If you ask a Traditional Chinese Medicine (TCM) practitioner to break it down, they'll tell you that it all has to do with chi (also spelled qi)—an energy current that's said to run through our bodies via energetic pathways referred to as meridians. TCM recognizes twenty meridians, 12 of which are linked to internal organs, and scholars have mapped out over 400 points on the body where these pathways can be manipulated.
This is where acupuncturists come in—if you have a health concern, they insert around a dozen thin needles into various meridian points, depending on your specific symptoms. The needles stay in place between 5 and 30 minutes, supposedly helping balance the flow of chi and making you feel better in the process.
While western medicine still hasn't been able to definitively confirm how acupuncture works—chi and meridians are invisible, after all—it hasn't stopped millions of Americans from turning to it as a complimentary therapy for pain, seasonal allergies, skin health, and more. The mainstream medical world, too, is recognizing its benefits, with more and more US hospitals adding it to their treatment protocols. But can it be helpful for whatever ails you, specifically?
Keep reading to find out whether acupuncture might work for you.
Is acupuncture an effective treatment for my health issue?
First off, it's important to note that acupuncture isn't a fad—it's an ancient practice that originated in China around 100 BC, and then spread to Korea and Japan before finding its way west.
As such, the medical community's had a lot of time to research it in depth. And a growing body of data indicates that it's a promising treatment for a wide range of conditions, particularly those associated with pain. The most comprehensive study on the effects of acupuncture took place over six years and was completed in 2012. The study was sponsored by the National Institutes of Health and published in Archives of Internal Medicine. Dr. Andrew J. Vickers, attending research methodologist at Memorial Sloan Kettering Cancer Center in New York, led the study and analyzed raw data from 25 international studies covering the results from 17,500 patients.
In the control groups studied, the results found that 30 percent of patients who suffered from chronic pain reported improvements from undergoing acupuncture treatments. This is considered solid evidence that acupuncture—either alone or combined with Western medical treatments—is helpful for alleviating pain, including migraines, arthritis, and other forms of chronic pain.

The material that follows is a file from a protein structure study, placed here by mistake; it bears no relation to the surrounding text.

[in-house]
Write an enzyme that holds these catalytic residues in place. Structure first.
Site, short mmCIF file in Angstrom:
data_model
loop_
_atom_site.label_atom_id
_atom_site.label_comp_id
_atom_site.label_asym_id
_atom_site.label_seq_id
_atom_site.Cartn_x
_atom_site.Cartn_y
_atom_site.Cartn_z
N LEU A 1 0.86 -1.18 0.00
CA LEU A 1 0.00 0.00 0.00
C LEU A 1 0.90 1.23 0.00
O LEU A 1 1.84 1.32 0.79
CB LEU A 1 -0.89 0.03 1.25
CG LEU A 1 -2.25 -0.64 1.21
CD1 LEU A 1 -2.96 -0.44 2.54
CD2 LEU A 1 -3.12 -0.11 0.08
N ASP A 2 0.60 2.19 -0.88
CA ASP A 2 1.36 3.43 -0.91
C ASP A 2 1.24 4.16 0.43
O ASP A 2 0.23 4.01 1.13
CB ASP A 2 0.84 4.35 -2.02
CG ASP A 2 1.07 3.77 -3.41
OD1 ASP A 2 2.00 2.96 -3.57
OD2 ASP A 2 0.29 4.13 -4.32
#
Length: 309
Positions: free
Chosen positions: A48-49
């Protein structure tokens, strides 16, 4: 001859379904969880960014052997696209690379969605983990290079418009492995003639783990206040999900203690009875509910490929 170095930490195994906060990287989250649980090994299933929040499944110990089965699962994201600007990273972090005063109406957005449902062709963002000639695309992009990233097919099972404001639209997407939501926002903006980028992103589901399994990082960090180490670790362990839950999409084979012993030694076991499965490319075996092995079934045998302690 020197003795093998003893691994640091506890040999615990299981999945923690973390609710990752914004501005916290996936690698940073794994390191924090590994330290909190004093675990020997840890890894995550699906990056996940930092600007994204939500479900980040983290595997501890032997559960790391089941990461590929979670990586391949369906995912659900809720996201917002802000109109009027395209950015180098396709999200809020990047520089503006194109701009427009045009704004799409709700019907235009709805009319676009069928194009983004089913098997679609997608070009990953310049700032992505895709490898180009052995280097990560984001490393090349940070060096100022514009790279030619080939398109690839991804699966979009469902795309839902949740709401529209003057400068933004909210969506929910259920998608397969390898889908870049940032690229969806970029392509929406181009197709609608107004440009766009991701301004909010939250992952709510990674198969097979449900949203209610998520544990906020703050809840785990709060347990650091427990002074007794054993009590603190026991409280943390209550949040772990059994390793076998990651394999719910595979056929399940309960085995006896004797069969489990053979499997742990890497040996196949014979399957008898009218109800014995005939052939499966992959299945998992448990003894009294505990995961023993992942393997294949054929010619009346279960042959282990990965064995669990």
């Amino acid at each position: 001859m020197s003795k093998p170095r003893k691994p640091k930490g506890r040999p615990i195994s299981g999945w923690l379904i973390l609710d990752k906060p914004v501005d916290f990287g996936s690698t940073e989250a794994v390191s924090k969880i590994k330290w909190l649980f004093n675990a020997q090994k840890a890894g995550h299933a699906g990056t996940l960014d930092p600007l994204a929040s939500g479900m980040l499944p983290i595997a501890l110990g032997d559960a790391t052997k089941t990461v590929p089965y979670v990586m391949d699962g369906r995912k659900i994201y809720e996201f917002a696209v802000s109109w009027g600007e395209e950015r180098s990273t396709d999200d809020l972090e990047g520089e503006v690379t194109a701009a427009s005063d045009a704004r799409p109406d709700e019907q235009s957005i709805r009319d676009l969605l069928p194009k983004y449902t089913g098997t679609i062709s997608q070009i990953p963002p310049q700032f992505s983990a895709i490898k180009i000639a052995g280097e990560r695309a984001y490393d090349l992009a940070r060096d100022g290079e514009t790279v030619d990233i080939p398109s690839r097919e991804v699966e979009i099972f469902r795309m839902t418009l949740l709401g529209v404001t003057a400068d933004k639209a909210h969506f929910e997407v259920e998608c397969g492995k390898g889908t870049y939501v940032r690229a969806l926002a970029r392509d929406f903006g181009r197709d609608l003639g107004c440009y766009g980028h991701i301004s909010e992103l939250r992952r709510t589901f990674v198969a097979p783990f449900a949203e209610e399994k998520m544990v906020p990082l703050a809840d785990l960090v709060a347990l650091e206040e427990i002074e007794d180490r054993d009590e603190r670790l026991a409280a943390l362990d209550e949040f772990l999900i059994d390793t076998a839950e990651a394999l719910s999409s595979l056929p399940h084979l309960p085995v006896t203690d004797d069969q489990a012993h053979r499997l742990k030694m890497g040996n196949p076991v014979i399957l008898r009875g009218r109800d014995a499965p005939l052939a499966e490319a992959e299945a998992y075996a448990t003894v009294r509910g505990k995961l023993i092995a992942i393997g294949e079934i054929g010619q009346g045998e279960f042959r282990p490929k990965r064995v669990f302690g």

In the same study, it wasn't proven or disproven in any meaningful way whether acupuncture is effective in treating other health conditions. But the World Health Organization lists several conditions for which acupuncture has been shown to have a positive impact. These include high and low blood pressure, chemotherapy-induced nausea and vomiting, painful periods, allergic rhinitis, and morning sickness, among many others. There's also evidence that it can help improve libido, support fertility, reduce insomnia, balance the stress response, and more.
Clearly, all those little needles are doing something. And scientists are beginning to understand more about how they affect the body. "These days, acupuncture has achieved some legitimacy thanks to research linking it with the release of endorphins—which shows this modality can affect pain pathways in the brain and nervous system," wrote Chinese medicine practitioner Jill Blakeway, DACM, in an article for Well+Good. "Neuroimaging studies demonstrate that acupuncture also calms areas of the brain that register physical discomfort and activates those involved in rest and recuperation. That’s not all: Doppler ultrasound shows that acupuncture increases blood flow in treated areas, and thermal imaging proves that it can make inflammation subside."
But, again, the hows and whys aren't yet totally clear. While many believers think acupuncture really does balance vital chi energy, others claim it's the placebo effect at work, although that doesn't make it any less effective. (You know, the phenomenon whereby someone takes a fake drug believing it'll work—and their symptoms actually subside.)
What do you need to know before having acupuncture?
According to Medical News Today, there really aren't any risks to trying acupuncture if you think it might help you—performed correctly, it can be safely combined with other treatments and has very few side effects. (The most common ones are soreness and minor bleeding or bruising where the needles were inserted.) Given that it can help control some types of pain, it may help patients who can't (or don't want to) take pain medications.
More serious side effects can occur if the practitioner isn't properly trained, which is why Mayo Clinic suggests asking for recommendations and checking your practitioner's credentials. To find a licensed practitioner, visit the website for the National Certification Commission in Acupuncture and Oriental Medicine (NCCAOM). Most states require practitioners to be licensed by this board.
Before your treatment, Mayo Clinic also recommends interviewing the practitioner. Ask what's involved in the treatment, how likely it is to help your condition, and how much it will cost. According to Costhelper Health, an acupuncture session and medical consultation should cost from $75 to $95, and a routine visit should cost between $50 and $70. (Your insurance may cover acupuncture—check with your provider to find out.) Expect to have several sessions, since experts say it often takes months before you start to see results.
And no, the needles don't hurt—at least, not according to this Well+Good editor who tried acupuncture and reported back on what to expect from your first visit. In her case, she felt some anxiety relief after one session. But ultimately, the only way to know whether it'll work for you is to give it a try.
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